Programmed cell death is initiated when death signals activate the caspases, a family of otherwise dormant cysteine proteases. External stress stimuli trigger the ligation of cell surface death receptors, thereby activating the upstream initiator caspases, which in turn process and activate the downstream cell death executioner caspases (Denault and Salvesen 2002). In addition, caspases can be activated when stress or developmental cues within the cell induce the release of cytotoxic proteins from mitochondria. This intrinsic mitochondrial pathway for cell death is regulated by the relative ratios of the pro- and anti-apoptotic members of the Bcl-2 protein family.
Several Bcl-2 family members have been identified in humans, including both anti-apoptotic (cytoprotective) and pro-apoptotic (death-promoting) proteins (Green and Reed 1998; Kroemer and Reed 2000; Cory and Adams 2002; Danial and Korsmeyer 2004). The relative ratios of the pro- and anti-apoptotic proteins determine the ultimate sensitivity and resistance of cells to diverse death-inducing stimuli, including chemotherapeutic drugs, radiation, growth factor deprivation, loss of cell attachment to extracellular matrix, hypoxia, infection, and lysis by cytolytic T cells. Imbalances in their relative expression levels and activities are associated with major human diseases, characterized by either insufficient (cancer, autoimmunity) or excessive (AIDS, Alzheimer's disease) cell death.
The Bcl-2 proteins span approximately 200 amino acids, and share sequence homology in four evolutionarily conserved domains (BH1-BH4), of which the BH3 domain is highly conserved and essential for both cell killing and oligomeri-zation among Bcl-2 family members (Fig. 2.1). The anti-apoptotic family members have all four domains, while all of the pro-apoptotic members lack BH4, and some others only have BH3. These BH3-only proteins are activated by upstream death signals, which trigger their transcriptional induction or post-translational modification, providing a key link between the extrinsic death receptor and intrinsic mitochondrial pathways to cell death. Most family members also have a hydrophobic C-terminus (C) which is sufficiently long to span the membrane, and is essential for membrane targeting.
The apoptosis regulatory activities of the Bcl-2 family proteins are exerted through binding with other Bcl-2 family members, binding with other non-ho-
Fig. 2.1. Domain organization (a) and amino acid sequences (b) of human Bcl-XL and Bid. The helices (HI to H8) are those Identified in the solution NMR structures of Bcl-XL (Muchmore et al. 1996; Aritomi et al. 1997) and Bid (Chou et al. 1999; McDonnell et al. 1999) shown in (c).The central core helices are H5 and H6 In Bcl-XL and H6 and H7 In Bid. The C-termlnal hydrophobic segment of Bcl-XL Is denoted as C.The putative lipid binding motif of Bid is denoted as LB. The sequence oftBId starts at Gly61,and the arrow marks the caspase-8 cleavage site at Asp60
mologous proteins, and through the modulation of ion-conducting pores that are thought to influence cell fate by regulating mitochondrial physiology. Their functions are also regulated by subcellular location, as the proteins cycle between soluble and membrane-bound forms. For example, some family members, like anti-apoptotic Bcl-XL, localize to mitochondrial, endoplasmic reticulum, or nuclear membranes, while others, like pro-apoptotic Bid, are found in the cytosol, but are stimulated by death signals to target the mitochondrial outer membrane, where they participate in cytochrome-c release and apoptosis.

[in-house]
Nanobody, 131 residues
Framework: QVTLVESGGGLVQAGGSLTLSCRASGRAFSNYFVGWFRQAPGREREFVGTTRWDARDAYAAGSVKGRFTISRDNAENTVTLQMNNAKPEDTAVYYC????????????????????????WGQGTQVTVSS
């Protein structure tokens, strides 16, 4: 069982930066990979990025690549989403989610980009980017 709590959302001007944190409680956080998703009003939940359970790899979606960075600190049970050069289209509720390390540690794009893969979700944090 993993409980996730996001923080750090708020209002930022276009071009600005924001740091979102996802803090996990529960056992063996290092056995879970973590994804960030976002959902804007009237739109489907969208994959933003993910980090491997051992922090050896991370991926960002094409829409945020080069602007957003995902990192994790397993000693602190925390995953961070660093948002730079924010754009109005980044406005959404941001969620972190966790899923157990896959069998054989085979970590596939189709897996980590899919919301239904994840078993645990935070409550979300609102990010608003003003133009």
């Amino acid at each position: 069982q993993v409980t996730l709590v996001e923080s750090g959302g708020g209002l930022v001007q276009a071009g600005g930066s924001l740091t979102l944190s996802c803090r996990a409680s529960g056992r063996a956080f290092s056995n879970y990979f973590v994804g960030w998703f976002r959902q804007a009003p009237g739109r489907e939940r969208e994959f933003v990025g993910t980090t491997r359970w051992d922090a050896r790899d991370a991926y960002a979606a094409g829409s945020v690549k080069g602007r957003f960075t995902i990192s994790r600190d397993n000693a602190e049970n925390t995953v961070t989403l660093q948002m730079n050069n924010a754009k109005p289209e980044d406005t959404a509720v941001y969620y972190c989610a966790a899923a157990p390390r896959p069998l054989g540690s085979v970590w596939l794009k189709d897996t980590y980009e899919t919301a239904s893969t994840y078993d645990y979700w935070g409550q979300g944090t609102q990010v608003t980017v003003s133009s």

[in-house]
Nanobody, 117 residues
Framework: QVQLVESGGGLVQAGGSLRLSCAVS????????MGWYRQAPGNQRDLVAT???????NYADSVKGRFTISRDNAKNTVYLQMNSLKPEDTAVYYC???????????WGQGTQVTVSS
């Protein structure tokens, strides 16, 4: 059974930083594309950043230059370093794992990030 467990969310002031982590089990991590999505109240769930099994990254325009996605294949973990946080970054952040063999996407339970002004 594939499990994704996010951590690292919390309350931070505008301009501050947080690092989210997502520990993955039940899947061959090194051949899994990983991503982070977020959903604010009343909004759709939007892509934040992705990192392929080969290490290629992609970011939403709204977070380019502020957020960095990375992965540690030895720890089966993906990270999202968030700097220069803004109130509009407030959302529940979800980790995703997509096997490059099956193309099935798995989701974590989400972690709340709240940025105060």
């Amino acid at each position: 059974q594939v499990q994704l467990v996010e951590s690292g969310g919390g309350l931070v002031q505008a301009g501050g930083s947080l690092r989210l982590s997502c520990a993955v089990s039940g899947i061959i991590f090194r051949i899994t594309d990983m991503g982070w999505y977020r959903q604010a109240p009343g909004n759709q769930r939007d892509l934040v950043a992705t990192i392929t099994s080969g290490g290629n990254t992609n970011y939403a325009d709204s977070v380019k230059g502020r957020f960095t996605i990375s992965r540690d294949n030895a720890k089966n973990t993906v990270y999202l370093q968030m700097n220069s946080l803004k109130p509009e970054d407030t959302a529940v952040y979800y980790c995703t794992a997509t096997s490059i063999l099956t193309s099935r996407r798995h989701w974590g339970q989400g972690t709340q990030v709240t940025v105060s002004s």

The structures of Bcl-XL and Bid, in solution, are very similar. They consist of seven (Bcl-XL) or eight (Bid) a-helices arranged with two central somewhat more hydrophobic helices which form the core of the molecule (Fig. 2.1). In Bcl-XL, the third helix spans the BH3 domain, and is connected to the first helix by a long flexible loop, while helices 5 and 6 form the central hydrophobic hairpin (Muchmore et al. 1996; Aritomi et al. 1997). The structure was determined for a truncated form of the protein lacking the hydrophobic C-terminus. In Bid, the third helix contains the BH3 domain and is connected to the first two helices by a long flexible loop, which includes Asp60, the caspase-8 cleavage site. The hydrophobic hairpin is formed by helices 6 and 7 (Chou et al. 1999; McDonnell et al. 1999). Despite the lack of sequence homology, the structures of Bcl-XL and Bid are strikingly similar to each other, and those of other pro- and anti-apoptotic Bcl-2 family proteins (Suzuki et al. 2000; Petros et al. 2001; Huang et al. 2002; Denisov et al. 2003; Hinds et al. 2003; Huang et al. 2003; Day et al. 2004; Day et al. 2005). Interestingly, they are also similar to the structure of the pore-forming domains ofbacterial toxins, and, like the toxins and other Bcl-2 family members, they also form ion-conducting pores in lipid bilayers (Cramer et al. 1995; Schen-del et al. 1998; Schendel et al. 1999).
The structural basis for Bcl-2 pore formation is not known, since the structures that have been determined are for the soluble forms of the proteins, and pore formation by the Bcl-2 family proteins has not been established in vivo. Nevertheless, by analogy to the bacterial toxins, the Bcl-2 pores are thought to form by a rearrangement of their compactly folded helices upon contact with the mitochondrial membrane. One model proposes membrane insertion of the core helical hairpin with the other helices folding up to rest on the membrane surface, while an alternative model envisions the helices rearranging to bind the membrane surface without insertion. A third possible mechanism for the regulation of mitochondrial physiology by the Bcl-2 proteins is through their interaction with other mitochondrial channels.
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